Nothing in bass fishing has produced the kind of improvements and technological advancements that we’ve seen occur among fishing electronics in recent years.
Due to better screens and higher resolution, our sonar graphs are proving us with incredible color images of the underwater world and in detail never before imagined.
In addition to the fabulous images, we’re getting a plethora of information on our graphs, such as GPS and topographic maps, boat performance, water temperature and much more – and for less money than what it cost just a couple of years ago.
One remarkable new feature, called side imaging, may just change the way you find and fish underwater structure. Do not confuse side imaging with the side-finding feature that was introduced years ago and showed fish that were near the boat. Side imaging, which is found on select Humminbird models, is a unique sonar system that clearly defines structure and cover beneath the surface on either side and away from the boat.
I’m generally not keen when new technology is introduced so I was very skeptical when side imaging was first explained to me – but not anymore. I’ve found it to be an amazing tool unlike anything else out there.
Here’s how it works. A unique transducer mounted on the rear sends sonar signals to the side and downward. Any hard structure such as rocks or bridge pilings are quickly etched onto the sonar screen, providing you with a vivid picture of objects that lie on the bottom away from the boat. In many cases, the image looks like a black-and-white photograph. It is also very accurate.
For example, last summer I was catching bass around scattered grass in Michigan’s Lake St. Clair, when the screen displayed an isolated rockpile about 100 feet on the other side of the boat. I moved the GPS cursor out to the rocks and saved a waypoint on it so that I didn’t lose it. I eased the boat within casting distance, and my partner and I proceeded to catch 35 big, beautiful smallmouth bass on a spot that we would have never known was there without side imaging.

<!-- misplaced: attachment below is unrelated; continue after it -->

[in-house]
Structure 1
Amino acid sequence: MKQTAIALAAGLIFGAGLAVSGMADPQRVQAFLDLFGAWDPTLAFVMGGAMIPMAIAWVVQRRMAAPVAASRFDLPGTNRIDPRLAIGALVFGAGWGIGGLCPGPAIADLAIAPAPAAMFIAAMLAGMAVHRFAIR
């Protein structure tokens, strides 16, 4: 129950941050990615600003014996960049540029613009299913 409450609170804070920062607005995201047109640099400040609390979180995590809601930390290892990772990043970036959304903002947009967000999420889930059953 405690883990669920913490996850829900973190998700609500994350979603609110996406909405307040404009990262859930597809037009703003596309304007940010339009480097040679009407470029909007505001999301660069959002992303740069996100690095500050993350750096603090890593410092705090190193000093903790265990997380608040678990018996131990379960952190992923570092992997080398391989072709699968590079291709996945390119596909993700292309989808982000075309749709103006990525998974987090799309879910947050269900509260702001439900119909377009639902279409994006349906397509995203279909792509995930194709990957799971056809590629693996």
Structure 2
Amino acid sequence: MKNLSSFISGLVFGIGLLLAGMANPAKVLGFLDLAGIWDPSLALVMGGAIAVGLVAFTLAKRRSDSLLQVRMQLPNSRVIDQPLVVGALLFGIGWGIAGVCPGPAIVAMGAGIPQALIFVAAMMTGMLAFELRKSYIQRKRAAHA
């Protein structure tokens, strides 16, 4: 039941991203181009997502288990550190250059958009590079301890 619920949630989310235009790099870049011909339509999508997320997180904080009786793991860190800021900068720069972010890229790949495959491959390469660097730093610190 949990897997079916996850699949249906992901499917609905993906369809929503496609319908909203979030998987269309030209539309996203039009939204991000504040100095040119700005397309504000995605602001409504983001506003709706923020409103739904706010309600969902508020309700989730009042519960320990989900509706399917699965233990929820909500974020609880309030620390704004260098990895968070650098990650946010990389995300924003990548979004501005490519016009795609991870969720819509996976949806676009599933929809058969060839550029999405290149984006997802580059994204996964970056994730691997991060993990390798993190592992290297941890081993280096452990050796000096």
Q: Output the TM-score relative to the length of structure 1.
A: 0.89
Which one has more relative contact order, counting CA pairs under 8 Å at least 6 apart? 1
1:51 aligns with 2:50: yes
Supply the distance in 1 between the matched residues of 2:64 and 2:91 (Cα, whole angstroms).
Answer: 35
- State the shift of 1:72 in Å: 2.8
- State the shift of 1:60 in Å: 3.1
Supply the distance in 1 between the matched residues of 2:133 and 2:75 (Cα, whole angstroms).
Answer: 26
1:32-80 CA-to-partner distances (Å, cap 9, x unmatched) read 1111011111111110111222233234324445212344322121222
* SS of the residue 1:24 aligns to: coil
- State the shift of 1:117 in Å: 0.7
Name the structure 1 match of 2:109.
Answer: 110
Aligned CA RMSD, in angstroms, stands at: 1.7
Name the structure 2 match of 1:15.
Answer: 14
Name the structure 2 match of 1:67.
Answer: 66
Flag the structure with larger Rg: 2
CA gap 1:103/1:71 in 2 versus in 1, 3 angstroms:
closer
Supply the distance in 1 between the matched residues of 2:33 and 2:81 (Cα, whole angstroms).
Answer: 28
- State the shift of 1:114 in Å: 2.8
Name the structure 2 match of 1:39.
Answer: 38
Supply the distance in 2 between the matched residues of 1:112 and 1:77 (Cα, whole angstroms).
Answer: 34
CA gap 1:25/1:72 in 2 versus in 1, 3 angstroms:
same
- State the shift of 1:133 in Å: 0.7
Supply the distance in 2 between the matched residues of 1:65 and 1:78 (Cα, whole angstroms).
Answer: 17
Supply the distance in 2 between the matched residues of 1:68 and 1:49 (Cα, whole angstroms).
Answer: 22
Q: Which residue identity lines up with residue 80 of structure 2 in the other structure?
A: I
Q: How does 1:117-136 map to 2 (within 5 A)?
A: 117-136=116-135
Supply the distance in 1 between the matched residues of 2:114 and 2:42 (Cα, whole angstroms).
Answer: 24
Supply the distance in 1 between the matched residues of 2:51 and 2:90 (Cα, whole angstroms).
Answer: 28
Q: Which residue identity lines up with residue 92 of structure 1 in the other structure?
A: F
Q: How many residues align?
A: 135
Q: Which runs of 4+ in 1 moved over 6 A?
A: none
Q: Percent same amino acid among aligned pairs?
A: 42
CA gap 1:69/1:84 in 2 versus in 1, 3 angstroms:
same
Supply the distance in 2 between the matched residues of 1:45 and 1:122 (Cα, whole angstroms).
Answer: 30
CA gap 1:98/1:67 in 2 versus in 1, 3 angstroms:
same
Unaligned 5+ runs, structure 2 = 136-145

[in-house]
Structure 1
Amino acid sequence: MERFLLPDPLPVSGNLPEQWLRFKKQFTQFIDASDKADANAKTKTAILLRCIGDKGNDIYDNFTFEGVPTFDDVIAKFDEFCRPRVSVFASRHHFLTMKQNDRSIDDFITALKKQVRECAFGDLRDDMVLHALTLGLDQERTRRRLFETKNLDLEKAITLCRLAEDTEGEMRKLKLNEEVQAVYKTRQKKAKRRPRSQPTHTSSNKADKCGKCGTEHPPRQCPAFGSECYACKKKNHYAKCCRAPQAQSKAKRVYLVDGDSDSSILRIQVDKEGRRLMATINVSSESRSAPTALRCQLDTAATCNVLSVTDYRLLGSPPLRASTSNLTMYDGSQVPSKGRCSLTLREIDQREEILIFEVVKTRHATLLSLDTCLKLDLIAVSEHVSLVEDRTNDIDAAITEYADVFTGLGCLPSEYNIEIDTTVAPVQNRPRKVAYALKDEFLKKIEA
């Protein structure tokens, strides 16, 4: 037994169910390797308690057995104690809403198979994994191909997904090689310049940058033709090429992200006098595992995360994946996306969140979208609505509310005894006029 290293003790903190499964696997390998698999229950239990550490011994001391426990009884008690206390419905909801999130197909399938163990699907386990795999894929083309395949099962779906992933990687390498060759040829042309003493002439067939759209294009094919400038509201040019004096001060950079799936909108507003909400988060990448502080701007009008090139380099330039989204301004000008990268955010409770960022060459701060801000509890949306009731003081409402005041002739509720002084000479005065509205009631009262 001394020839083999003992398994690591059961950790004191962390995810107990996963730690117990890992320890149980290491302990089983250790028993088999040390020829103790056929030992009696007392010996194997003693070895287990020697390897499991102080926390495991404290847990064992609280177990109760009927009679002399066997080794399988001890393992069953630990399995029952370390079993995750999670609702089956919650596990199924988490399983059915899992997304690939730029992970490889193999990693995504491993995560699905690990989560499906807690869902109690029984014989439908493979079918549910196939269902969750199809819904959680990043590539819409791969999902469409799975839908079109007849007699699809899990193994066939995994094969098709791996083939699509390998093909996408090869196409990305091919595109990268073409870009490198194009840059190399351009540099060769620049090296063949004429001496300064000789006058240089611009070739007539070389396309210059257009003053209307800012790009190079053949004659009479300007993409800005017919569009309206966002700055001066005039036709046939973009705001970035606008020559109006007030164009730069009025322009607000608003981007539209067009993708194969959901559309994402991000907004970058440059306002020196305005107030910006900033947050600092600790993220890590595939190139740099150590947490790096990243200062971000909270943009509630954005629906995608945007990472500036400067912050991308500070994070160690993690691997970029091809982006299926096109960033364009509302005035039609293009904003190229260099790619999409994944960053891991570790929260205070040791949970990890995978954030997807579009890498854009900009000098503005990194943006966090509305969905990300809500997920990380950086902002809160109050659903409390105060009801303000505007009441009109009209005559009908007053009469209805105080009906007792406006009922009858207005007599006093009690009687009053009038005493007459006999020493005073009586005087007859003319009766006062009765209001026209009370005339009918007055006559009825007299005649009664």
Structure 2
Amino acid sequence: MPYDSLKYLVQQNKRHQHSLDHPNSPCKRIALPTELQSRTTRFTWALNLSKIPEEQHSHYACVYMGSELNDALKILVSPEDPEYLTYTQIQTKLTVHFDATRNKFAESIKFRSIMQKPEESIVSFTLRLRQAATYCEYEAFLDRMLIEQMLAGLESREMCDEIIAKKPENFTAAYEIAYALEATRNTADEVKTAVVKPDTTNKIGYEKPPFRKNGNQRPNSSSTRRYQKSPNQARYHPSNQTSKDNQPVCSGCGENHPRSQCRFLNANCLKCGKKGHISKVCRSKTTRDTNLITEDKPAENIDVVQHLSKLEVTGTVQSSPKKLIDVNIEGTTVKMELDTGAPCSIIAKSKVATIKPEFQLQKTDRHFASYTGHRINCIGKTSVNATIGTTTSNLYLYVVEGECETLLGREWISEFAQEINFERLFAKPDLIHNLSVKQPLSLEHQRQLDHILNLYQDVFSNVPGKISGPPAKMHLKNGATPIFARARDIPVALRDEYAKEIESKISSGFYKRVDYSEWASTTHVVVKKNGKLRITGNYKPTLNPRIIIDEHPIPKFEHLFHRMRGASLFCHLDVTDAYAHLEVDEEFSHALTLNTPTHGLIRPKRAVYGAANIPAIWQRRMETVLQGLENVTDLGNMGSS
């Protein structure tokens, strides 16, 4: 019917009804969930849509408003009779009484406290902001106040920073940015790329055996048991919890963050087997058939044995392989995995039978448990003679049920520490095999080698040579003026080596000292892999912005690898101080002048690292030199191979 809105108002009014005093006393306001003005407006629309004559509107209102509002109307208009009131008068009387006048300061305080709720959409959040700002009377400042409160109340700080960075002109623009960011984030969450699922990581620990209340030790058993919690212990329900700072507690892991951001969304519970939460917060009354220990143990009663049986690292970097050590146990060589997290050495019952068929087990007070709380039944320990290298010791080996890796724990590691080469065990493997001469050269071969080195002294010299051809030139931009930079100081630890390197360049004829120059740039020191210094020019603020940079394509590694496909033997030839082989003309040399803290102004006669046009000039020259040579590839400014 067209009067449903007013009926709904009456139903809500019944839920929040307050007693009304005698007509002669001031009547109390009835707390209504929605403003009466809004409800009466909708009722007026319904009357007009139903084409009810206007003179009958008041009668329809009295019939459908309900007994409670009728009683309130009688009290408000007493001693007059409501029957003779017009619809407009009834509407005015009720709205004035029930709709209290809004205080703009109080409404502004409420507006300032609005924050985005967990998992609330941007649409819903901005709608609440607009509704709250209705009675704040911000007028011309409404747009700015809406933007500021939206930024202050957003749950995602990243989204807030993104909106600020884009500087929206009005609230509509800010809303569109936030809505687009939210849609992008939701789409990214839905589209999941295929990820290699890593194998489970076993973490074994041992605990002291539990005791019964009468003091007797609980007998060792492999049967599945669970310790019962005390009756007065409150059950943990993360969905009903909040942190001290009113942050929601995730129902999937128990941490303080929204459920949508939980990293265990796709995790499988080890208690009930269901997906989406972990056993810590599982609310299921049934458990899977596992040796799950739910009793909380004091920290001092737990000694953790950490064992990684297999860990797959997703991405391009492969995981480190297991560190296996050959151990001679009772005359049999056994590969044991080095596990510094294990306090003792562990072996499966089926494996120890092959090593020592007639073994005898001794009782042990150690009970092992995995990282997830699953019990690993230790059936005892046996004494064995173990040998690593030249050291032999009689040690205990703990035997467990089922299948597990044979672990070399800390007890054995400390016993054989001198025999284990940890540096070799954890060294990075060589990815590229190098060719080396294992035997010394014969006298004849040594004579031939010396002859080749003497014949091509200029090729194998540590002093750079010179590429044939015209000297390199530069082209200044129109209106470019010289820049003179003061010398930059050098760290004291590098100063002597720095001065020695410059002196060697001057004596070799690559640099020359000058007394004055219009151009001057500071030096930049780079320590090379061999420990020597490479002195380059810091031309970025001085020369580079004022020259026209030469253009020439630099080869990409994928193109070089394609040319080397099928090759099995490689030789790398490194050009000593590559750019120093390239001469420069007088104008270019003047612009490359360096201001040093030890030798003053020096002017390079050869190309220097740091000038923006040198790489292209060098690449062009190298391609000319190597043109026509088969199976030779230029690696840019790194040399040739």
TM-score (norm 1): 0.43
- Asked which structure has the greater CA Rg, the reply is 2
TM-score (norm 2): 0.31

Traditional sonar will display the same bottom features, but you have to drive over the top of them to spot them. By marking them away from the boat, you are less likely to spook fish because you are not disturbing the immediate area with your boat.
In addition to the side-imaging feature, these units provide traditional down-looking sonar from a separate transducer as well as excellent detail and information on the same screen. You can even set up your screen so that you are looking at side imaging and traditional down-looking sonar simultaneously.
Of course, there are a few drawbacks. For instance, it’s more difficult to distinguish softer objects such as grass and brush when in the side-imaging mode. In addition, while it does occasionally display fish, I really haven’t used it for that. It’s far more valuable as a structure locator.
Also, side imaging only functions well when the boat is at idle speed, but that’s when you’re most interested in seeing structure detail anyway.
Because side imaging is relatively new, we’ve only scratched the surface of the capabilities it has to offer. Every time I use it I gain information about my lakes that I probably would not have known with traditional sonar.
While you may not need it for ponds or casual fishing, if you’re serious about learning more about what lies on your favorite lake bottom, it is worth checking out.